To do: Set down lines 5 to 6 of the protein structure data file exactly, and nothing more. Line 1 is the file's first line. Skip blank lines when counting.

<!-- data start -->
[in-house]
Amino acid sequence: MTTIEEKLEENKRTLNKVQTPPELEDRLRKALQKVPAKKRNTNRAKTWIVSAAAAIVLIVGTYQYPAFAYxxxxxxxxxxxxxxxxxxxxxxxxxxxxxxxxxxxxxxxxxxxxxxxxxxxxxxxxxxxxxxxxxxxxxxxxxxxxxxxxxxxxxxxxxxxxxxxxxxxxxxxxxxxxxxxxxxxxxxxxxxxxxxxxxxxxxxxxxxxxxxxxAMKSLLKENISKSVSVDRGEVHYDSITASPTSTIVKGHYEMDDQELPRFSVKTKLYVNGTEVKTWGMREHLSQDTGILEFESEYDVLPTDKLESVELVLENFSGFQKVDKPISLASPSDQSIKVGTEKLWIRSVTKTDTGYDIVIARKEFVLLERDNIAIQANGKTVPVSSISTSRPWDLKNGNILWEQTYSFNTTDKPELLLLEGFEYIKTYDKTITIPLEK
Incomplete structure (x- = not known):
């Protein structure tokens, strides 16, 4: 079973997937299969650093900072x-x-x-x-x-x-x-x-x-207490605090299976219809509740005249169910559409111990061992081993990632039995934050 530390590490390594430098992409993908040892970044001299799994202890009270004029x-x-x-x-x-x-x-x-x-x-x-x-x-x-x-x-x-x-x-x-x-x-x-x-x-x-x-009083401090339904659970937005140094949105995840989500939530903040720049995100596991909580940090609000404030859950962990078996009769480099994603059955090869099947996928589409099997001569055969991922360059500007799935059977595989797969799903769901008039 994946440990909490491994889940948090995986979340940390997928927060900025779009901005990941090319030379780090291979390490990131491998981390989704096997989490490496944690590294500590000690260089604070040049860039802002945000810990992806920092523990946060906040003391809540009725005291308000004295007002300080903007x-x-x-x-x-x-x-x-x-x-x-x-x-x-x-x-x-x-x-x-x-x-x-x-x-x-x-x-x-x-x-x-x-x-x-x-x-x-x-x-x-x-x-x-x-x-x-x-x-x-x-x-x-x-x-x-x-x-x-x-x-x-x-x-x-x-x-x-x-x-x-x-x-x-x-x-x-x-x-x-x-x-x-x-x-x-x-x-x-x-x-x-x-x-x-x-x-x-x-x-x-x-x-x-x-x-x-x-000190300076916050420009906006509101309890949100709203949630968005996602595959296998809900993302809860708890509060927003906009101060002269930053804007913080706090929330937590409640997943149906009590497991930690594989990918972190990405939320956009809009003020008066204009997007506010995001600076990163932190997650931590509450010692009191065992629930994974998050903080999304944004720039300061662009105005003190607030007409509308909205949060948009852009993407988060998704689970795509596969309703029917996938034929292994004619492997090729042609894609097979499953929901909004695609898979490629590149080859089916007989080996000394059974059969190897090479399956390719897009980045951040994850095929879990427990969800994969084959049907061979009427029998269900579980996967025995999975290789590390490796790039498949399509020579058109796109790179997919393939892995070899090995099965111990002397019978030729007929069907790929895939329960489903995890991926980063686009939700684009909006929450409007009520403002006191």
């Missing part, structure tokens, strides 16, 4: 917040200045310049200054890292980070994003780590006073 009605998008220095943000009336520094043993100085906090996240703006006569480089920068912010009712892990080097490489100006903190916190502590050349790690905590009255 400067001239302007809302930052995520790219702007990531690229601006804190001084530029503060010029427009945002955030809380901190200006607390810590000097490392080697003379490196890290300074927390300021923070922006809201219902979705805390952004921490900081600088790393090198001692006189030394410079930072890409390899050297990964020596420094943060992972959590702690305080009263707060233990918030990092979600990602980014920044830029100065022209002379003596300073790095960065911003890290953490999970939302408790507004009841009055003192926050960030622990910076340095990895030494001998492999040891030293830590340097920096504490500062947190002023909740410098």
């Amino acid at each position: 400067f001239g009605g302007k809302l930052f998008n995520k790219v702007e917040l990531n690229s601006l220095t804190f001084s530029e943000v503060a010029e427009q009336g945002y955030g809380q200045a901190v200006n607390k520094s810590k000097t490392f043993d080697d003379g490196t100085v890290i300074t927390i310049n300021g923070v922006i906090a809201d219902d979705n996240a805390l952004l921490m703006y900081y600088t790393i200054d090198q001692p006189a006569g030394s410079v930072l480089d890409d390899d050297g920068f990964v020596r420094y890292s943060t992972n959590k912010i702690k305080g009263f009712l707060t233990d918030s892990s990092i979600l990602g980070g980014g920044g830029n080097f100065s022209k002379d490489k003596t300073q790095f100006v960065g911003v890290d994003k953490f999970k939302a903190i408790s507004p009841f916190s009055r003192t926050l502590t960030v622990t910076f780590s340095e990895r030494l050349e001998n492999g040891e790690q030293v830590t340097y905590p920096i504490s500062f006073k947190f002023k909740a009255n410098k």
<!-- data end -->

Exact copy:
């Missing part, structure tokens, strides 16, 4: 917040200045310049200054890292980070994003780590006073 009605998008220095943000009336520094043993100085906090996240703006006569480089920068912010009712892990080097490489100006903190916190502590050349790690905590009255 400067001239302007809302930052995520790219702007990531690229601006804190001084530029503060010029427009945002955030809380901190200006607390810590000097490392080697003379490196890290300074927390300021923070922006809201219902979705805390952004921490900081600088790393090198001692006189030394410079930072890409390899050297990964020596420094943060992972959590702690305080009263707060233990918030990092979600990602980014920044830029100065022209002379003596300073790095960065911003890290953490999970939302408790507004009841009055003192926050960030622990910076340095990895030494001998492999040891030293830590340097920096504490500062947190002023909740410098």
């Amino acid at each position: 400067f001239g009605g302007k809302l930052f998008n995520k790219v702007e917040l990531n690229s601006l220095t804190f001084s530029e943000v503060a010029e427009q009336g945002y955030g809380q200045a901190v200006n607390k520094s810590k000097t490392f043993d080697d003379g490196t100085v890290i300074t927390i310049n300021g923070v922006i906090a809201d219902d979705n996240a805390l952004l921490m703006y900081y600088t790393i200054d090198q001692p006189a006569g030394s410079v930072l480089d890409d390899d050297g920068f990964v020596r420094y890292s943060t992972n959590k912010i702690k305080g009263f009712l707060t233990d918030s892990s990092i979600l990602g980070g980014g920044g830029n080097f100065s022209k002379d490489k003596t300073q790095f100006v960065g911003v890290d994003k953490f999970k939302a903190i408790s507004p009841f916190s009055r003192t926050l502590t960030v622990t910076f780590s340095e990895r030494l050349e001998n492999g040891e790690q030293v830590t340097y905590p920096i504490s500062f006073k947190f002023k909740a009255n410098k």